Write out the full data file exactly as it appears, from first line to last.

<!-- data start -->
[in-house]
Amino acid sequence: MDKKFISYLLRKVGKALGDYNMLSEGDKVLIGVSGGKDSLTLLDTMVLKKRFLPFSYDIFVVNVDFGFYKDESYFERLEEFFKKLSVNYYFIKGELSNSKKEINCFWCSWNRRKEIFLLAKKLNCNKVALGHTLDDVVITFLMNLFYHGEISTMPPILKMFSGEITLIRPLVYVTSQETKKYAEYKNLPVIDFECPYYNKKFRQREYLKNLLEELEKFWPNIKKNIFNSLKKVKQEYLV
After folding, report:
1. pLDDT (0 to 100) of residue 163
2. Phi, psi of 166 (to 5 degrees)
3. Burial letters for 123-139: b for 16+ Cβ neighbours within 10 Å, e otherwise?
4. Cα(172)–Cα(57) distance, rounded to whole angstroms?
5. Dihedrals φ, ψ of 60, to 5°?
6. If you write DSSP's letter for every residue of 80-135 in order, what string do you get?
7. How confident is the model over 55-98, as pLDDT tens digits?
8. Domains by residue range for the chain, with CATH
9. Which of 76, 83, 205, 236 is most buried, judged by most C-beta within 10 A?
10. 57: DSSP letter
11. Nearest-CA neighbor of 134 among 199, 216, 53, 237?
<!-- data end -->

[in-house]
Amino acid sequence: MDKKFISYLLRKVGKALGDYNMLSEGDKVLIGVSGGKDSLTLLDTMVLKKRFLPFSYDIFVVNVDFGFYKDESYFERLEEFFKKLSVNYYFIKGELSNSKKEINCFWCSWNRRKEIFLLAKKLNCNKVALGHTLDDVVITFLMNLFYHGEISTMPPILKMFSGEITLIRPLVYVTSQETKKYAEYKNLPVIDFECPYYNKKFRQREYLKNLLEELEKFWPNIKKNIFNSLKKVKQEYLV
After folding, report:
1. pLDDT (0 to 100) of residue 163
2. Phi, psi of 166 (to 5 degrees)
3. Burial letters for 123-139: b for 16+ Cβ neighbours within 10 Å, e otherwise?
4. Cα(172)–Cα(57) distance, rounded to whole angstroms?
5. Dihedrals φ, ψ of 60, to 5°?
6. If you write DSSP's letter for every residue of 80-135 in order, what string do you get?
7. How confident is the model over 55-98, as pLDDT tens digits?
8. Domains by residue range for the chain, with CATH
9. Which of 76, 83, 205, 236 is most buried, judged by most C-beta within 10 A?
10. 57: DSSP letter
11. Nearest-CA neighbor of 134 among 199, 216, 53, 237?